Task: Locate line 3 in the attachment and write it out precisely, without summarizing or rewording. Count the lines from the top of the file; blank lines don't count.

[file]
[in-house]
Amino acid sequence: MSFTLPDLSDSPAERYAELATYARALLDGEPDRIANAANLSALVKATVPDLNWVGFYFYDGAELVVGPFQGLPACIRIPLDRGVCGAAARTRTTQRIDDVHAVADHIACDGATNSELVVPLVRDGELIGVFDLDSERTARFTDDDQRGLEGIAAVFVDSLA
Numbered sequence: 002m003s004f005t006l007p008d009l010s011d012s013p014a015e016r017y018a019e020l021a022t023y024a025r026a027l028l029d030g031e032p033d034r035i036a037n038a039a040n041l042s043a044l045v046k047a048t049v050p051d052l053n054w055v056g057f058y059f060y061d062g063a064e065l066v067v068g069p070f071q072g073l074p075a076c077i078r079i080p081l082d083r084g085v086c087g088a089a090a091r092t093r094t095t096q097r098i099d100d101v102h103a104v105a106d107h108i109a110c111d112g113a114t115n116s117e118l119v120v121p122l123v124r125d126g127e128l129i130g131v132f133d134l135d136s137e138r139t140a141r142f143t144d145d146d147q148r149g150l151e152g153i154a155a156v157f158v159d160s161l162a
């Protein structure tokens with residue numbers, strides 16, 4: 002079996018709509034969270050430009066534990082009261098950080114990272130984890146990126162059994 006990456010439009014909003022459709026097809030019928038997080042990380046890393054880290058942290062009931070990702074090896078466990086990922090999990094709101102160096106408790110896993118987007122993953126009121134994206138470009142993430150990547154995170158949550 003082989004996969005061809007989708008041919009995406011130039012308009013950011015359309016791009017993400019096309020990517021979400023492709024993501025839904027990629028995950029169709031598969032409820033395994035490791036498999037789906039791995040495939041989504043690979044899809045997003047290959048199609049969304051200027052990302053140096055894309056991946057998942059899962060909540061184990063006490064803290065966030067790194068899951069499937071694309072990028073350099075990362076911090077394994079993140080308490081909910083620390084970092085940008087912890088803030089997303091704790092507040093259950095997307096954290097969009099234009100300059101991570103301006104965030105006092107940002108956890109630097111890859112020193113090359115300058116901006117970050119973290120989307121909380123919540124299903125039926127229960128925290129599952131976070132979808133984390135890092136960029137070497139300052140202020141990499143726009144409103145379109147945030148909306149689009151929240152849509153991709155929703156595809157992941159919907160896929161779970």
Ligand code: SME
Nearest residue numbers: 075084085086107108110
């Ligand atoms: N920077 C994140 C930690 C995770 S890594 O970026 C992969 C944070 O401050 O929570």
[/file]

Numbered sequence: 002m003s004f005t006l007p008d009l010s011d012s013p014a015e016r017y018a019e020l021a022t023y024a025r026a027l028l029d030g031e032p033d034r035i036a037n038a039a040n041l042s043a044l045v046k047a048t049v050p051d052l053n054w055v056g057f058y059f060y061d062g063a064e065l066v067v068g069p070f071q072g073l074p075a076c077i078r079i080p081l082d083r084g085v086c087g088a089a090a091r092t093r094t095t096q097r098i099d100d101v102h103a104v105a106d107h108i109a110c111d112g113a114t115n116s117e118l119v120v121p122l123v124r125d126g127e128l129i130g131v132f133d134l135d136s137e138r139t140a141r142f143t144d145d146d147q148r149g150l151e152g153i154a155a156v157f158v159d160s161l162a